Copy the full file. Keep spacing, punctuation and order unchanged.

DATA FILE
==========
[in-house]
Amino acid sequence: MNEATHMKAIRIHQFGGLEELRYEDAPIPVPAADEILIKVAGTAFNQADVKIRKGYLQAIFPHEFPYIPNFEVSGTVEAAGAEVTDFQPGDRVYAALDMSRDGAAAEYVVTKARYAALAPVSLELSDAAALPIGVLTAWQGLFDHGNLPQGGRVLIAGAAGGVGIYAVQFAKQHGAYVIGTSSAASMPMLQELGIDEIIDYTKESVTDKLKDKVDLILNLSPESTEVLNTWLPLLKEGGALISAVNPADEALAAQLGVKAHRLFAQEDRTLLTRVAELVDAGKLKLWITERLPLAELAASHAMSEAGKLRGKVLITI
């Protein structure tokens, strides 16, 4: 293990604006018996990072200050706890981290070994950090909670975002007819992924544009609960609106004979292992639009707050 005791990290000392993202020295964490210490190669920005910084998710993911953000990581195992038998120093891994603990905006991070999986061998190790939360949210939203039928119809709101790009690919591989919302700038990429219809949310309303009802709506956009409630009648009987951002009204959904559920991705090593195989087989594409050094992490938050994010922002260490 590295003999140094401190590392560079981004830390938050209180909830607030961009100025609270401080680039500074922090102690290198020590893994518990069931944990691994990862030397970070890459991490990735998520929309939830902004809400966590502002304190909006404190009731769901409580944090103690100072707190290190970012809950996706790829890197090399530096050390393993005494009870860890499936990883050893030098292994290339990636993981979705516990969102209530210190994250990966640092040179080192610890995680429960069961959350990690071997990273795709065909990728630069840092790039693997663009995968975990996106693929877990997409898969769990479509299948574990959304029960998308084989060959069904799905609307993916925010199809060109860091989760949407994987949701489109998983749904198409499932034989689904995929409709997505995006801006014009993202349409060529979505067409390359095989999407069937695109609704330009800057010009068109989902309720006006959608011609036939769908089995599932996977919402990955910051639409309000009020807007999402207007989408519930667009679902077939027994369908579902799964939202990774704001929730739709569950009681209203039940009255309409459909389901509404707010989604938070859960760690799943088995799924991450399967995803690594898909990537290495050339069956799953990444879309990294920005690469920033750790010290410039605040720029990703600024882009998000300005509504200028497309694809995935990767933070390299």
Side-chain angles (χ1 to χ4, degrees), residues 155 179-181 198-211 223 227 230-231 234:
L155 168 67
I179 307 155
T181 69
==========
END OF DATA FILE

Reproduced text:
[in-house]
Amino acid sequence: MNEATHMKAIRIHQFGGLEELRYEDAPIPVPAADEILIKVAGTAFNQADVKIRKGYLQAIFPHEFPYIPNFEVSGTVEAAGAEVTDFQPGDRVYAALDMSRDGAAAEYVVTKARYAALAPVSLELSDAAALPIGVLTAWQGLFDHGNLPQGGRVLIAGAAGGVGIYAVQFAKQHGAYVIGTSSAASMPMLQELGIDEIIDYTKESVTDKLKDKVDLILNLSPESTEVLNTWLPLLKEGGALISAVNPADEALAAQLGVKAHRLFAQEDRTLLTRVAELVDAGKLKLWITERLPLAELAASHAMSEAGKLRGKVLITI
């Protein structure tokens, strides 16, 4: 293990604006018996990072200050706890981290070994950090909670975002007819992924544009609960609106004979292992639009707050 005791990290000392993202020295964490210490190669920005910084998710993911953000990581195992038998120093891994603990905006991070999986061998190790939360949210939203039928119809709101790009690919591989919302700038990429219809949310309303009802709506956009409630009648009987951002009204959904559920991705090593195989087989594409050094992490938050994010922002260490 590295003999140094401190590392560079981004830390938050209180909830607030961009100025609270401080680039500074922090102690290198020590893994518990069931944990691994990862030397970070890459991490990735998520929309939830902004809400966590502002304190909006404190009731769901409580944090103690100072707190290190970012809950996706790829890197090399530096050390393993005494009870860890499936990883050893030098292994290339990636993981979705516990969102209530210190994250990966640092040179080192610890995680429960069961959350990690071997990273795709065909990728630069840092790039693997663009995968975990996106693929877990997409898969769990479509299948574990959304029960998308084989060959069904799905609307993916925010199809060109860091989760949407994987949701489109998983749904198409499932034989689904995929409709997505995006801006014009993202349409060529979505067409390359095989999407069937695109609704330009800057010009068109989902309720006006959608011609036939769908089995599932996977919402990955910051639409309000009020807007999402207007989408519930667009679902077939027994369908579902799964939202990774704001929730739709569950009681209203039940009255309409459909389901509404707010989604938070859960760690799943088995799924991450399967995803690594898909990537290495050339069956799953990444879309990294920005690469920033750790010290410039605040720029990703600024882009998000300005509504200028497309694809995935990767933070390299």
Side-chain angles (χ1 to χ4, degrees), residues 155 179-181 198-211 223 227 230-231 234:
L155 168 67
I179 307 155
T181 69